4. Given the nature of such prevailing circumstances the threshold for liability is in practice inevitably high; the proof of a breach of duty will not flow from proof of no more than an error of judgment or from mere proof of a momentary lapse in skill (and thus care) respectively when subject to the stresses of a race. Such are no more than incidents inherent in the nature of the sport.
  5. In practice it may therefore be difficult to prove any such breach of duty absent proof of conduct that in point of fact amounts to reckless disregard for the fellow contestant's safety. I emphasise the distinction between the expression of legal principle and the practicalities of the evidential burden.”

These principles demonstrate the fact-specific nature of any determinations in this area. They recognise the inherent danger of some sporting activities, the acceptance of risk and its limitations, the duties participants owe to each other, the high threshold for claims to succeed and the wide range of facts and considerations that come into play in every case. Acknowledging that the case is determined on all the circumstances and the factual context in which the incident took place, the judge said:

“Similarly, this case is determined upon all the circumstances and the factual context in which this incident took place. It does not set a precedent either within horse-racing or in sport generally. It is not the thin edge of the wedge.

Concluding, HHJ Walden-Smith said:

“Horse racing is a sport which requires highly skilled professional jockeys to ride powerful animals, with minds of their own, to win or be best placed as they can. It is highly competitive, and riders require both mental and physical strength and courage. They need to be able to assess and reassess situations and make split second decisions as to what to do, based on skill, experience and intuition.

Risk of injury is part of a professional jockey's life and, while more unusual in flat racing, falls from horses is an inevitable concomitant of horse racing. Interference between horses and findings of carelessness are regular.”

In Tylicki the judge concluded that the Defendant’s actions were not mere lapses of concentration or inattentiveness but rather undertaken with a reckless disregard for the safety of the Claimant and accordingly liability was made out.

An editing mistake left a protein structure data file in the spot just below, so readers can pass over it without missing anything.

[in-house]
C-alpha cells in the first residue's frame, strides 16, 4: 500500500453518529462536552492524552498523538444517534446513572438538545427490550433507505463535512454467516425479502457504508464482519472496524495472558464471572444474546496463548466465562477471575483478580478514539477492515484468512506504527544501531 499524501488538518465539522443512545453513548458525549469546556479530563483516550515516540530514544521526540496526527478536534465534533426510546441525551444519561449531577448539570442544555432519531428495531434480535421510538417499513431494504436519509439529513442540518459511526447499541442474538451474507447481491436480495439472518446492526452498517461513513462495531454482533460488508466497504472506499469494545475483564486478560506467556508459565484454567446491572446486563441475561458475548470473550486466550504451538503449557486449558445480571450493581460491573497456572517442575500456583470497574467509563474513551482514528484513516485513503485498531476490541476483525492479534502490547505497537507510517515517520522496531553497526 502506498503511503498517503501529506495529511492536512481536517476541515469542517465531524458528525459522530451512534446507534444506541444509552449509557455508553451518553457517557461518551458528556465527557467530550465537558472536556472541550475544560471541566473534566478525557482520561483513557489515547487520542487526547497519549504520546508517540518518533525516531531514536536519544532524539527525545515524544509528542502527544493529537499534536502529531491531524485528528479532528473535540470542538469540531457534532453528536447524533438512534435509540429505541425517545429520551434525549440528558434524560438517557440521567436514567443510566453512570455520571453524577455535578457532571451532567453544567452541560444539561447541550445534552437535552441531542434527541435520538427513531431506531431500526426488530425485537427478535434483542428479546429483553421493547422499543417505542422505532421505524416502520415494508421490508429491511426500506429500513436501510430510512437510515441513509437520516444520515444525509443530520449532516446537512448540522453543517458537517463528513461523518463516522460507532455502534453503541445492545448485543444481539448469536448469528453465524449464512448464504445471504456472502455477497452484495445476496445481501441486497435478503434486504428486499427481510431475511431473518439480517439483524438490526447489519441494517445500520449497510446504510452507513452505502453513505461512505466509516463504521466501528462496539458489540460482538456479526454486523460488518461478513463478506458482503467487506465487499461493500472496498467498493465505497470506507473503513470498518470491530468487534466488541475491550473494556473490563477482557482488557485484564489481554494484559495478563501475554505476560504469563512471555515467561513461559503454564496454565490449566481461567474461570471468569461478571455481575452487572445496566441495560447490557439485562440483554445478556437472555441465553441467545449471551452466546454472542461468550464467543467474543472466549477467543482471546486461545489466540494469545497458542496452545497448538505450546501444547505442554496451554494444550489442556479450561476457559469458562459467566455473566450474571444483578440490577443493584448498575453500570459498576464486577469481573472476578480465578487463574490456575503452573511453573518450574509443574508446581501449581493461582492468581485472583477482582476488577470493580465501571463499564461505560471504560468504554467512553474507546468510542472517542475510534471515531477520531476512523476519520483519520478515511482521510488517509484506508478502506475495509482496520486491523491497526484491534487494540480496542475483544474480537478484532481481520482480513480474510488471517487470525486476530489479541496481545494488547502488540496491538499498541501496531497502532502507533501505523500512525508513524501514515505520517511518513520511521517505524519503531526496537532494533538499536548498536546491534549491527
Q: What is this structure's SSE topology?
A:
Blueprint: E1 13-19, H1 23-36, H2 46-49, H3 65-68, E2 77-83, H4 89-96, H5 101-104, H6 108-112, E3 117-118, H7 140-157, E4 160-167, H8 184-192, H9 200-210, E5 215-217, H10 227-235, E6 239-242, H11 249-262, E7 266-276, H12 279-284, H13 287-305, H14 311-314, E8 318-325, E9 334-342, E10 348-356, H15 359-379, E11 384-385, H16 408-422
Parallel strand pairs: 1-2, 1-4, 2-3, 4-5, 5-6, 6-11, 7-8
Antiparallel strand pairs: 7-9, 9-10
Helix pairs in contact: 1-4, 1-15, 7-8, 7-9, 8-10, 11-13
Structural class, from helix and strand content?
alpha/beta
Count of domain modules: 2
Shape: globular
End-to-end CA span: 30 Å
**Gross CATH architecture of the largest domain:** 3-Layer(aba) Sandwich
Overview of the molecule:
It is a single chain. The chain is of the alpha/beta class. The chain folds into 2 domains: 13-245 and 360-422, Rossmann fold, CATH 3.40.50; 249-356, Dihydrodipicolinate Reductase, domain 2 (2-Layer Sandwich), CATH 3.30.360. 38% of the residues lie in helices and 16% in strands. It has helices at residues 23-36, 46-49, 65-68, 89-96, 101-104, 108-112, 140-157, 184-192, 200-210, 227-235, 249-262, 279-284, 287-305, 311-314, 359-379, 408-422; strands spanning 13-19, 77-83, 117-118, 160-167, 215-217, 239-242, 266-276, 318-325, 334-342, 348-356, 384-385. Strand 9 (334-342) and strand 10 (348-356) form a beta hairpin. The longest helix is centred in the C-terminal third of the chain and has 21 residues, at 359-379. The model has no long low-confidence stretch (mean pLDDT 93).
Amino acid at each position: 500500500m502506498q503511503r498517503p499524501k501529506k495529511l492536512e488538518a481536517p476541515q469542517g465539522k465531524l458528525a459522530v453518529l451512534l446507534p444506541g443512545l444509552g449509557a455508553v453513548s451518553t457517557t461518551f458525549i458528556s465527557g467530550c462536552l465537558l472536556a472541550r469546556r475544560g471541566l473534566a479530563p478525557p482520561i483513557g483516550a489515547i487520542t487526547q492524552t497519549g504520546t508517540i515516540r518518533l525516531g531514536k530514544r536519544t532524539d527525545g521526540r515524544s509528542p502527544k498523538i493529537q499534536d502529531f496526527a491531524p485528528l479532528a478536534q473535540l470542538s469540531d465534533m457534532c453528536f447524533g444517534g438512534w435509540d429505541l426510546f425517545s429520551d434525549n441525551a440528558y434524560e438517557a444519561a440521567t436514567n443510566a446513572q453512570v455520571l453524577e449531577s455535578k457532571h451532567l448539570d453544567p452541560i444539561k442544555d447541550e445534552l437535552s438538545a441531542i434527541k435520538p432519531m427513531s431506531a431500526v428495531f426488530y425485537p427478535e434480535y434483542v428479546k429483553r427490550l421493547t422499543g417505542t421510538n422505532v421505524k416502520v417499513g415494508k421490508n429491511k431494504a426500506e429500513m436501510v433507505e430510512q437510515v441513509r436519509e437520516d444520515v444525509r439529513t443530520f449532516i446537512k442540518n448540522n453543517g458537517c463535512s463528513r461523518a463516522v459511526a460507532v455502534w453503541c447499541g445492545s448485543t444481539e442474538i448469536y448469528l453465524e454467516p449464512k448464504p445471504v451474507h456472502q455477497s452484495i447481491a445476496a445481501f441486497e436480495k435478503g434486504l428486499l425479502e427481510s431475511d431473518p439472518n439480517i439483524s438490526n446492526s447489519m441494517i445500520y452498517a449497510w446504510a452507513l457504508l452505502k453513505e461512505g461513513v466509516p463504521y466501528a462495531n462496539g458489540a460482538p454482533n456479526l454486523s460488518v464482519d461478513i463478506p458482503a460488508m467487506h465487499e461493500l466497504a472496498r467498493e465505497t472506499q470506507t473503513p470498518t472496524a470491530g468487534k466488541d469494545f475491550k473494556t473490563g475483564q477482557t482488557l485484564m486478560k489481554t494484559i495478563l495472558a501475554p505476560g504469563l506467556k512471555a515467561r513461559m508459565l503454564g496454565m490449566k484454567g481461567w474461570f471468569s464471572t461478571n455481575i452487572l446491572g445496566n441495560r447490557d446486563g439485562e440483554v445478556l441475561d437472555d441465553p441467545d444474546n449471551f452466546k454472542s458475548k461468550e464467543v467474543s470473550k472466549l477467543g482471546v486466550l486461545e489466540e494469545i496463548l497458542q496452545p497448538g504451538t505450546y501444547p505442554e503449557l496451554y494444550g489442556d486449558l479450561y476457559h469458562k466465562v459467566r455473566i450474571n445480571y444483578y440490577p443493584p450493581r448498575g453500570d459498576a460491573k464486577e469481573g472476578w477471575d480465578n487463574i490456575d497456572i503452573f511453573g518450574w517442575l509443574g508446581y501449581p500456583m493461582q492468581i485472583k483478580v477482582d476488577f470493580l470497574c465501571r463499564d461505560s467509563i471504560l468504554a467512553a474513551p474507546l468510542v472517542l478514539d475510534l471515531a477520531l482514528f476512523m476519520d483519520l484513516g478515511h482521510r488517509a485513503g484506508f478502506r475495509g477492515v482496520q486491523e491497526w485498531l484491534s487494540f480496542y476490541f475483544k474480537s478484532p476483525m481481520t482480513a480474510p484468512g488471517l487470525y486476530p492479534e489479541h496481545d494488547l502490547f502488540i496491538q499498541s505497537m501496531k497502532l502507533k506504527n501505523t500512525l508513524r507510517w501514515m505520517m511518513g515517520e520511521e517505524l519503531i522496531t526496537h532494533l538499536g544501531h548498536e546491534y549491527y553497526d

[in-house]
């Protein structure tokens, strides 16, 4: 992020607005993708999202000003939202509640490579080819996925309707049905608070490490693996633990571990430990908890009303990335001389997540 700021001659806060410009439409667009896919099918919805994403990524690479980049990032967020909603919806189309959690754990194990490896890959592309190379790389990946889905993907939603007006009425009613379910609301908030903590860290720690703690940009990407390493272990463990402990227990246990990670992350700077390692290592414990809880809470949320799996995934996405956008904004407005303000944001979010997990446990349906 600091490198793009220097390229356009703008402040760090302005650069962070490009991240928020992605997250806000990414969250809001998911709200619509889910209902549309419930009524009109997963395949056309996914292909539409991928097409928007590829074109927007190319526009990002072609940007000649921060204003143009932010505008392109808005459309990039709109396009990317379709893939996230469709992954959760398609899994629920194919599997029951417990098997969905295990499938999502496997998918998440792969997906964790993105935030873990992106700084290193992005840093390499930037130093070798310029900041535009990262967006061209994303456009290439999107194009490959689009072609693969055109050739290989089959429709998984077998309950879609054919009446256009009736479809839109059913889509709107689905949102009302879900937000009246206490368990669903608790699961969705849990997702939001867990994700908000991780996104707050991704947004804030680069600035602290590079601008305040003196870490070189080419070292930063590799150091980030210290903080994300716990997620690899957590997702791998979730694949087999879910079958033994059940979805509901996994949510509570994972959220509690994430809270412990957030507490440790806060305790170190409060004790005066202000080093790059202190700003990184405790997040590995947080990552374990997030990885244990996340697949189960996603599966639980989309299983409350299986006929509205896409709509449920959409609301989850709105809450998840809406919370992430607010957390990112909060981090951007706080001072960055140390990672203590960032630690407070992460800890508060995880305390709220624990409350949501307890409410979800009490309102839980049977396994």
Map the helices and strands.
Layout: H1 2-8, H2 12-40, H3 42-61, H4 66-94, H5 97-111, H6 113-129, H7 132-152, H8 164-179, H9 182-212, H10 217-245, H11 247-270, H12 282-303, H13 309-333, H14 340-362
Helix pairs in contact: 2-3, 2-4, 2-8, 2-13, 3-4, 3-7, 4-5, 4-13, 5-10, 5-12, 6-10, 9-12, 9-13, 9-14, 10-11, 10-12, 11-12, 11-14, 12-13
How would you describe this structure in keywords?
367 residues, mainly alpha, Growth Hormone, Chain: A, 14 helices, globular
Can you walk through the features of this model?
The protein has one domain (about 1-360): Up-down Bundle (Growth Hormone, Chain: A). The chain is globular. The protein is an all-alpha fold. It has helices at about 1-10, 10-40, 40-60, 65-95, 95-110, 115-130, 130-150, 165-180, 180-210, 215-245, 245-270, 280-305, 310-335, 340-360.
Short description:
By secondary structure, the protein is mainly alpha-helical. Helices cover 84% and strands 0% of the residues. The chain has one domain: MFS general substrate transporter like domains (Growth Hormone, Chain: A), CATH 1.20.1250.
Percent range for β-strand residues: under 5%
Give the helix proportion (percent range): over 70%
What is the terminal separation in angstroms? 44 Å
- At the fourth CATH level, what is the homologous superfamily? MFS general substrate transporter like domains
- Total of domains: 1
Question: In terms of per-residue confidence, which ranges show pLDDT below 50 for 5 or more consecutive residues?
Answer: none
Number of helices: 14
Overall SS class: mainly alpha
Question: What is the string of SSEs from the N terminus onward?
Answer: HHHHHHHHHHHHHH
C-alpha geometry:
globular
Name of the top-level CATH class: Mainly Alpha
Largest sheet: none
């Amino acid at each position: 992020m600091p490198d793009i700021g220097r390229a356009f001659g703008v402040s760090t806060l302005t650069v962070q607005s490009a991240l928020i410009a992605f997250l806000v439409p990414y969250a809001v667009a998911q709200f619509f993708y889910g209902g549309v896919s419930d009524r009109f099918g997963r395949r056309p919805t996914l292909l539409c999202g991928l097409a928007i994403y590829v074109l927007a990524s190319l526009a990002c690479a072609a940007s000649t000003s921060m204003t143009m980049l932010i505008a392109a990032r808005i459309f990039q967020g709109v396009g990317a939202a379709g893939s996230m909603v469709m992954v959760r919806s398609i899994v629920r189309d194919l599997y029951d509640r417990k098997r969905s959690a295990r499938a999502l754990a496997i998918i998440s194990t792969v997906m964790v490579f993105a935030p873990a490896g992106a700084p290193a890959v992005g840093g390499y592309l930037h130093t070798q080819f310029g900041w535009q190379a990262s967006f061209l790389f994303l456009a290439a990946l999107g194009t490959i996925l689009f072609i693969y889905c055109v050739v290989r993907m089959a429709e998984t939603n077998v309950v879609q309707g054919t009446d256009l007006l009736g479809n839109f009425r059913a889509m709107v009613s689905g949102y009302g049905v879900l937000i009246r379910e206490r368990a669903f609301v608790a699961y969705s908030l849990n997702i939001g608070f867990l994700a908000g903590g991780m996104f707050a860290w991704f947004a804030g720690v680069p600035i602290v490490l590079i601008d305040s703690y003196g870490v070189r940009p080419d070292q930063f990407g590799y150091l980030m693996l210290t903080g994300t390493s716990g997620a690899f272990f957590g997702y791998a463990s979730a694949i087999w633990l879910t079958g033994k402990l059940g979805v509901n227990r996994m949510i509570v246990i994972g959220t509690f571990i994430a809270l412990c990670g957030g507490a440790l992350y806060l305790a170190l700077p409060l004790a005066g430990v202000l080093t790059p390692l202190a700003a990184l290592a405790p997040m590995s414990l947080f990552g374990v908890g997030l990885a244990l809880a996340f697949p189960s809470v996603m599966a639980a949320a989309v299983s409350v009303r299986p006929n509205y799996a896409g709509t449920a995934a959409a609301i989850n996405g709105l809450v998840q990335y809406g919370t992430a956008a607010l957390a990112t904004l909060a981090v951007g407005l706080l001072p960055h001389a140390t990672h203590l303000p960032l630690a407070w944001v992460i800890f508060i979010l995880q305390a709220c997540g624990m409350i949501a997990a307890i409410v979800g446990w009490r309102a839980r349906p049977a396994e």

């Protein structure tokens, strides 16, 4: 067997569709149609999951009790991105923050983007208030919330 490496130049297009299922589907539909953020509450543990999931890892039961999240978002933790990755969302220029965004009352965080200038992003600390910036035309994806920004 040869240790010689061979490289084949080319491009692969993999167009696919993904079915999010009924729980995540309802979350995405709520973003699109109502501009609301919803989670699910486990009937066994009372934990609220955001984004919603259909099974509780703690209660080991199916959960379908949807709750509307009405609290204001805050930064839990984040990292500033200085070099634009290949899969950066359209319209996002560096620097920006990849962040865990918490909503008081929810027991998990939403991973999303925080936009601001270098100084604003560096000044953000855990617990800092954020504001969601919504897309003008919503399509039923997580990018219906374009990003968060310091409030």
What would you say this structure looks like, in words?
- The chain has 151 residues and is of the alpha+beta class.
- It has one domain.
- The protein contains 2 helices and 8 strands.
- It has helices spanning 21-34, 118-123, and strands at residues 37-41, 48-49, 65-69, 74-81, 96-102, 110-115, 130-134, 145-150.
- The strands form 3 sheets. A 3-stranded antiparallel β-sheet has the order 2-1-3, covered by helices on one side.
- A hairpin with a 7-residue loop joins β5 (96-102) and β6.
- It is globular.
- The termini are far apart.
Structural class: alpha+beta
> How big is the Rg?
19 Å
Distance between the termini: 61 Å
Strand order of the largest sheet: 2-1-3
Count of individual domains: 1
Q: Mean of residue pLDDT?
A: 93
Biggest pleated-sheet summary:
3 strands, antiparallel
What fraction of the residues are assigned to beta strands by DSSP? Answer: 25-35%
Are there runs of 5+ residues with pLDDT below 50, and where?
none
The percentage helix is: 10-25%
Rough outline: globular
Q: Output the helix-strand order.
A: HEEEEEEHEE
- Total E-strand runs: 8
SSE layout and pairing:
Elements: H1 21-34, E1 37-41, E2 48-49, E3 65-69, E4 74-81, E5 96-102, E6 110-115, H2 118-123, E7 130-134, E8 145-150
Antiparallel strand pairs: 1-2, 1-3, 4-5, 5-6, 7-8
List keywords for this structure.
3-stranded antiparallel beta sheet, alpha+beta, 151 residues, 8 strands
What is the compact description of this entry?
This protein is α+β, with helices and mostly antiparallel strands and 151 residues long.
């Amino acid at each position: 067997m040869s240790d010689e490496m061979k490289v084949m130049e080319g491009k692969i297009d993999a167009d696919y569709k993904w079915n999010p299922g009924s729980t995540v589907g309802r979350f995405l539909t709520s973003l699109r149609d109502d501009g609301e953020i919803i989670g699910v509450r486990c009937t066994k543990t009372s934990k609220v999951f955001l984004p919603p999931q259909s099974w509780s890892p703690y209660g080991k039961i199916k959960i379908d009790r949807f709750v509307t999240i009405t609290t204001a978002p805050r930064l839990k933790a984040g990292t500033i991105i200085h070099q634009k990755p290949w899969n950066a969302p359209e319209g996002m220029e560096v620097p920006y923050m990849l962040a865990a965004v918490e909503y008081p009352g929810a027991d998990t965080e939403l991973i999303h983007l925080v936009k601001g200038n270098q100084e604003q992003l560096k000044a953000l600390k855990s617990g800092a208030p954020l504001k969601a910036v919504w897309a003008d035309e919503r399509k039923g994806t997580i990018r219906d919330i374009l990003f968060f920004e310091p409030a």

In a situation where the bar in proving negligence is set high, on this occasion that bar was cleared. Even sports that are inherently dangerous have standards that need to be met. Participants owe each other duties of care and defining the parameters of the duty in any given set of circumstances is a far from simple exercise. 

Consideration of sport related claims, particularly those involving claims brought by one participant against another, require analysis of a complex factual matrix. Whilst the courts need to provide a source of redress for those injured when appropriate standards are not met, to remove risks in sport would be to remove a significant and in some cases key component of its attraction to competitors and spectators alike and perhaps sound the death knell of some. To date we have not seen sports being “safetyed” out of existence and this judgment provides a good example of the high bar a participant injured during a competitive sporting contest will need to surmount to succeed in a claim in negligence against another. 

DAC Beachcroft have considerable experience defending claims brought as a result of injuries suffered during a wide variety of sports. For more information or guidance please contact one of our experts below.